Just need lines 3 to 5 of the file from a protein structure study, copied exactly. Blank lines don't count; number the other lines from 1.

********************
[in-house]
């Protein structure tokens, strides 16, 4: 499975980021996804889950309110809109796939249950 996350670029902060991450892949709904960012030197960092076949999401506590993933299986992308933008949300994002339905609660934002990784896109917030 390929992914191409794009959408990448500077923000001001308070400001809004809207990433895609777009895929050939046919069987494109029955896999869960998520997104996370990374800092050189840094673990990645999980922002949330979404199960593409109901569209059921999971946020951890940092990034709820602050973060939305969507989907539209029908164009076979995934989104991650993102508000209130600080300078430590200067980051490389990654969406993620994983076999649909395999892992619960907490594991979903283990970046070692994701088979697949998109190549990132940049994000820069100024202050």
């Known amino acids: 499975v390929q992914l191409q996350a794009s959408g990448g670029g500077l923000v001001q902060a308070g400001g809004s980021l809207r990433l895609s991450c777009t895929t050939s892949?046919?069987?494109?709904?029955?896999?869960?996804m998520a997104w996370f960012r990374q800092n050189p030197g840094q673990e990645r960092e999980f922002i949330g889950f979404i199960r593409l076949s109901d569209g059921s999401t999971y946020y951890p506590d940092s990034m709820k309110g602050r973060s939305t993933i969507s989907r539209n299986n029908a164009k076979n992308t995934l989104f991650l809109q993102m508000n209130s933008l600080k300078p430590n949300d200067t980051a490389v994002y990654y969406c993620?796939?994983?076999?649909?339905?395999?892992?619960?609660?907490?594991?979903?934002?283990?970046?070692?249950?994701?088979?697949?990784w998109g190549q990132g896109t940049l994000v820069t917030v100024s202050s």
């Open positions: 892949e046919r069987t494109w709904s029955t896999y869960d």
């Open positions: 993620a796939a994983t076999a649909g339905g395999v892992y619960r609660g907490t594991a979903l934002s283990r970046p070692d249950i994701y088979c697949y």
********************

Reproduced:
């Known amino acids: 499975v390929q992914l191409q996350a794009s959408g990448g670029g500077l923000v001001q902060a308070g400001g809004s980021l809207r990433l895609s991450c777009t895929t050939s892949?046919?069987?494109?709904?029955?896999?869960?996804m998520a997104w996370f960012r990374q800092n050189p030197g840094q673990e990645r960092e999980f922002i949330g889950f979404i199960r593409l076949s109901d569209g059921s999401t999971y946020y951890p506590d940092s990034m709820k309110g602050r973060s939305t993933i969507s989907r539209n299986n029908a164009k076979n992308t995934l989104f991650l809109q993102m508000n209130s933008l600080k300078p430590n949300d200067t980051a490389v994002y990654y969406c993620?796939?994983?076999?649909?339905?395999?892992?619960?609660?907490?594991?979903?934002?283990?970046?070692?249950?994701?088979?697949?990784w998109g190549q990132g896109t940049l994000v820069t917030v100024s202050s």
């Open positions: 892949e046919r069987t494109w709904s029955t896999y869960d």
């Open positions: 993620a796939a994983t076999a649909g339905g395999v892992y619960r609660g907490t594991a979903l934002s283990r970046p070692d249950i994701y088979c697949y």